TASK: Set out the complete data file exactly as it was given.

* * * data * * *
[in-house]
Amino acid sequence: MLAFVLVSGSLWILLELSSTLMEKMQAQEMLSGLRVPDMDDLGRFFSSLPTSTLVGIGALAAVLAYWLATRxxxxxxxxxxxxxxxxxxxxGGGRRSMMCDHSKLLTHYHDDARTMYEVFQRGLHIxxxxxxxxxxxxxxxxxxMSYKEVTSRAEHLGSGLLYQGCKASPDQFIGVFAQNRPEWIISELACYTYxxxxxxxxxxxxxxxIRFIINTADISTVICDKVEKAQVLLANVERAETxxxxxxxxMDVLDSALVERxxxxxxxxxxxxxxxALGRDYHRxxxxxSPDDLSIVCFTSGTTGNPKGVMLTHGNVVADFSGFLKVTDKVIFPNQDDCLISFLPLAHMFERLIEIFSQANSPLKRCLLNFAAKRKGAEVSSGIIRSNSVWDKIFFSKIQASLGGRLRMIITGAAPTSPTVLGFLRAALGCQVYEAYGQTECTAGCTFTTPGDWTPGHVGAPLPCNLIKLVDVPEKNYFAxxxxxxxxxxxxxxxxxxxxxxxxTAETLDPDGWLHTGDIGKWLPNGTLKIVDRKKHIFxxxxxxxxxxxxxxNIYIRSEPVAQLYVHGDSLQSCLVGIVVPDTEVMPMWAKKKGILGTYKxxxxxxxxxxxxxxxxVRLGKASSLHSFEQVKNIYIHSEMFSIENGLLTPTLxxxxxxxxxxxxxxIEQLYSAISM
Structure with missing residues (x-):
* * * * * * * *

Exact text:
[in-house]
Amino acid sequence: MLAFVLVSGSLWILLELSSTLMEKMQAQEMLSGLRVPDMDDLGRFFSSLPTSTLVGIGALAAVLAYWLATRxxxxxxxxxxxxxxxxxxxxGGGRRSMMCDHSKLLTHYHDDARTMYEVFQRGLHIxxxxxxxxxxxxxxxxxxMSYKEVTSRAEHLGSGLLYQGCKASPDQFIGVFAQNRPEWIISELACYTYxxxxxxxxxxxxxxxIRFIINTADISTVICDKVEKAQVLLANVERAETxxxxxxxxMDVLDSALVERxxxxxxxxxxxxxxxALGRDYHRxxxxxSPDDLSIVCFTSGTTGNPKGVMLTHGNVVADFSGFLKVTDKVIFPNQDDCLISFLPLAHMFERLIEIFSQANSPLKRCLLNFAAKRKGAEVSSGIIRSNSVWDKIFFSKIQASLGGRLRMIITGAAPTSPTVLGFLRAALGCQVYEAYGQTECTAGCTFTTPGDWTPGHVGAPLPCNLIKLVDVPEKNYFAxxxxxxxxxxxxxxxxxxxxxxxxTAETLDPDGWLHTGDIGKWLPNGTLKIVDRKKHIFxxxxxxxxxxxxxxNIYIRSEPVAQLYVHGDSLQSCLVGIVVPDTEVMPMWAKKKGILGTYKxxxxxxxxxxxxxxxxVRLGKASSLHSFEQVKNIYIHSEMFSIENGLLTPTLxxxxxxxxxxxxxxIEQLYSAISM
Structure with missing residues (x-):